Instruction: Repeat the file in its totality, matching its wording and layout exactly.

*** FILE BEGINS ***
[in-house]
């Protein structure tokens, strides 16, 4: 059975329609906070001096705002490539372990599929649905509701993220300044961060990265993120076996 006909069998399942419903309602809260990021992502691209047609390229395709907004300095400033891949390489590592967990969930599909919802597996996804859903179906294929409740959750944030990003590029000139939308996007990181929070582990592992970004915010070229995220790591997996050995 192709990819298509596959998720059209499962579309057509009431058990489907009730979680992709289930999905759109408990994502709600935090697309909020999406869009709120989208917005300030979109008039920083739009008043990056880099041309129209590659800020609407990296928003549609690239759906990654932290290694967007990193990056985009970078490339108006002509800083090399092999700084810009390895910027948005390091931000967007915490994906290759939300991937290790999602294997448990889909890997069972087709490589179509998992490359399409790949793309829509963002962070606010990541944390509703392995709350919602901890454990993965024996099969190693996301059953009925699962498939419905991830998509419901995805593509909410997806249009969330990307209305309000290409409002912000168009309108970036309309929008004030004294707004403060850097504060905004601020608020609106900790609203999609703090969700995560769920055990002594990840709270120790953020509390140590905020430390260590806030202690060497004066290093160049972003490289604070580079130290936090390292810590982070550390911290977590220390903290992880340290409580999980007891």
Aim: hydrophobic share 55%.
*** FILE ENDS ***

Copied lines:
[in-house]
């Protein structure tokens, strides 16, 4: 059975329609906070001096705002490539372990599929649905509701993220300044961060990265993120076996 006909069998399942419903309602809260990021992502691209047609390229395709907004300095400033891949390489590592967990969930599909919802597996996804859903179906294929409740959750944030990003590029000139939308996007990181929070582990592992970004915010070229995220790591997996050995 192709990819298509596959998720059209499962579309057509009431058990489907009730979680992709289930999905759109408990994502709600935090697309909020999406869009709120989208917005300030979109008039920083739009008043990056880099041309129209590659800020609407990296928003549609690239759906990654932290290694967007990193990056985009970078490339108006002509800083090399092999700084810009390895910027948005390091931000967007915490994906290759939300991937290790999602294997448990889909890997069972087709490589179509998992490359399409790949793309829509963002962070606010990541944390509703392995709350919602901890454990993965024996099969190693996301059953009925699962498939419905991830998509419901995805593509909410997806249009969330990307209305309000290409409002912000168009309108970036309309929008004030004294707004403060850097504060905004601020608020609106900790609203999609703090969700995560769920055990002594990840709270120790953020509390140590905020430390260590806030202690060497004066290093160049972003490289604070580079130290936090390292810590982070550390911290977590220390903290992880340290409580999980007891």
Aim: hydrophobic share 55%.